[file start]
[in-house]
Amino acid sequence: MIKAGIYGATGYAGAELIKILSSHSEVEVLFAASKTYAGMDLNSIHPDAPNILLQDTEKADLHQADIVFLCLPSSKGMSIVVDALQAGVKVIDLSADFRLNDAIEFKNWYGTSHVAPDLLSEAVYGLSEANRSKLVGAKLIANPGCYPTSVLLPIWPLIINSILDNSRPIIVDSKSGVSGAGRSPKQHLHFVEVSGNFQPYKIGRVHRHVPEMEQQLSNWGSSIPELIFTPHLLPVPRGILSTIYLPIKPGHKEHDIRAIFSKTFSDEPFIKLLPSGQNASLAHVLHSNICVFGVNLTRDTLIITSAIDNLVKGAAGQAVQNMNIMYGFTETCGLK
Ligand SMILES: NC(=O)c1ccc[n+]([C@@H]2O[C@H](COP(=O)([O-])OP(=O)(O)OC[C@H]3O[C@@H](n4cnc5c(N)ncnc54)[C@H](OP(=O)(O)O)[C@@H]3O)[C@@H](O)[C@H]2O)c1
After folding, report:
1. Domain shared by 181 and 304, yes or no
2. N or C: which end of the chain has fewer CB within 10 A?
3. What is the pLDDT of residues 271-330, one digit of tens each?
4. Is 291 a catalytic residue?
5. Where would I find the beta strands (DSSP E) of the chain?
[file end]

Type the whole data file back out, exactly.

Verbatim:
[in-house]
Amino acid sequence: MIKAGIYGATGYAGAELIKILSSHSEVEVLFAASKTYAGMDLNSIHPDAPNILLQDTEKADLHQADIVFLCLPSSKGMSIVVDALQAGVKVIDLSADFRLNDAIEFKNWYGTSHVAPDLLSEAVYGLSEANRSKLVGAKLIANPGCYPTSVLLPIWPLIINSILDNSRPIIVDSKSGVSGAGRSPKQHLHFVEVSGNFQPYKIGRVHRHVPEMEQQLSNWGSSIPELIFTPHLLPVPRGILSTIYLPIKPGHKEHDIRAIFSKTFSDEPFIKLLPSGQNASLAHVLHSNICVFGVNLTRDTLIITSAIDNLVKGAAGQAVQNMNIMYGFTETCGLK
Ligand SMILES: NC(=O)c1ccc[n+]([C@@H]2O[C@H](COP(=O)([O-])OP(=O)(O)OC[C@H]3O[C@@H](n4cnc5c(N)ncnc54)[C@H](OP(=O)(O)O)[C@@H]3O)[C@@H](O)[C@H]2O)c1
After folding, report:
1. Domain shared by 181 and 304, yes or no
2. N or C: which end of the chain has fewer CB within 10 A?
3. What is the pLDDT of residues 271-330, one digit of tens each?
4. Is 291 a catalytic residue?
5. Where would I find the beta strands (DSSP E) of the chain?